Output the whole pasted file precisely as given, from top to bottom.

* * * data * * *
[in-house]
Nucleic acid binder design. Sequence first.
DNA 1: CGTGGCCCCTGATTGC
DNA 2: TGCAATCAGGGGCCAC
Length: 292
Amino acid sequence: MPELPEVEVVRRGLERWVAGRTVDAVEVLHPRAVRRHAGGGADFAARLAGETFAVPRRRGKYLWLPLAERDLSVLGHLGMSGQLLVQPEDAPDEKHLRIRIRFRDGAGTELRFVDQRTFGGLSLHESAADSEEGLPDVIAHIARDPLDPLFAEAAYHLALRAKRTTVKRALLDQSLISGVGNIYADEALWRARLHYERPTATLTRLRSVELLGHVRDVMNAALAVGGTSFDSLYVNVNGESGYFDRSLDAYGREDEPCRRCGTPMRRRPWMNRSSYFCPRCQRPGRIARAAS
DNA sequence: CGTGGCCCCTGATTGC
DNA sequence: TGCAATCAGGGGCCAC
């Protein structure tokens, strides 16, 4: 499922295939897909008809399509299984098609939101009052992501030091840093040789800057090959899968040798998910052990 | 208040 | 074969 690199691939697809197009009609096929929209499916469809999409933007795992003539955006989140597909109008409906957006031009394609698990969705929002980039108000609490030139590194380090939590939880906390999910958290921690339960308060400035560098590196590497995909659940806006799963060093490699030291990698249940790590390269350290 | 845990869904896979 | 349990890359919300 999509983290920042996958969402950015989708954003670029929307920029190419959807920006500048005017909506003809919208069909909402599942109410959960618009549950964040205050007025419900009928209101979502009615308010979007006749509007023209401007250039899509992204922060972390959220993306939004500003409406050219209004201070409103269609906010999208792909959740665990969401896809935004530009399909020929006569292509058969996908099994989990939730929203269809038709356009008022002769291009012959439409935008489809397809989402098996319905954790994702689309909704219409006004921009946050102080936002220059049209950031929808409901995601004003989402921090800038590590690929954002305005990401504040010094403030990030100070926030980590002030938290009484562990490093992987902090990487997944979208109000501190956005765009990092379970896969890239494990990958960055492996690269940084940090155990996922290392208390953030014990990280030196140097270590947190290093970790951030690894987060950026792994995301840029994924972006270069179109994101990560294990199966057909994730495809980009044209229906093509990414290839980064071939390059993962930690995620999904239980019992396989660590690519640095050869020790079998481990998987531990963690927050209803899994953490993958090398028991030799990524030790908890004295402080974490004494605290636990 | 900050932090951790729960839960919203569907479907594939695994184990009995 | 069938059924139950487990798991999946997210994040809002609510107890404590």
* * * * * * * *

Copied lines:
[in-house]
Nucleic acid binder design. Sequence first.
DNA 1: CGTGGCCCCTGATTGC
DNA 2: TGCAATCAGGGGCCAC
Length: 292
Amino acid sequence: MPELPEVEVVRRGLERWVAGRTVDAVEVLHPRAVRRHAGGGADFAARLAGETFAVPRRRGKYLWLPLAERDLSVLGHLGMSGQLLVQPEDAPDEKHLRIRIRFRDGAGTELRFVDQRTFGGLSLHESAADSEEGLPDVIAHIARDPLDPLFAEAAYHLALRAKRTTVKRALLDQSLISGVGNIYADEALWRARLHYERPTATLTRLRSVELLGHVRDVMNAALAVGGTSFDSLYVNVNGESGYFDRSLDAYGREDEPCRRCGTPMRRRPWMNRSSYFCPRCQRPGRIARAAS
DNA sequence: CGTGGCCCCTGATTGC
DNA sequence: TGCAATCAGGGGCCAC
């Protein structure tokens, strides 16, 4: 499922295939897909008809399509299984098609939101009052992501030091840093040789800057090959899968040798998910052990 | 208040 | 074969 690199691939697809197009009609096929929209499916469809999409933007795992003539955006989140597909109008409906957006031009394609698990969705929002980039108000609490030139590194380090939590939880906390999910958290921690339960308060400035560098590196590497995909659940806006799963060093490699030291990698249940790590390269350290 | 845990869904896979 | 349990890359919300 999509983290920042996958969402950015989708954003670029929307920029190419959807920006500048005017909506003809919208069909909402599942109410959960618009549950964040205050007025419900009928209101979502009615308010979007006749509007023209401007250039899509992204922060972390959220993306939004500003409406050219209004201070409103269609906010999208792909959740665990969401896809935004530009399909020929006569292509058969996908099994989990939730929203269809038709356009008022002769291009012959439409935008489809397809989402098996319905954790994702689309909704219409006004921009946050102080936002220059049209950031929808409901995601004003989402921090800038590590690929954002305005990401504040010094403030990030100070926030980590002030938290009484562990490093992987902090990487997944979208109000501190956005765009990092379970896969890239494990990958960055492996690269940084940090155990996922290392208390953030014990990280030196140097270590947190290093970790951030690894987060950026792994995301840029994924972006270069179109994101990560294990199966057909994730495809980009044209229906093509990414290839980064071939390059993962930690995620999904239980019992396989660590690519640095050869020790079998481990998987531990963690927050209803899994953490993958090398028991030799990524030790908890004295402080974490004494605290636990 | 900050932090951790729960839960919203569907479907594939695994184990009995 | 069938059924139950487990798991999946997210994040809002609510107890404590």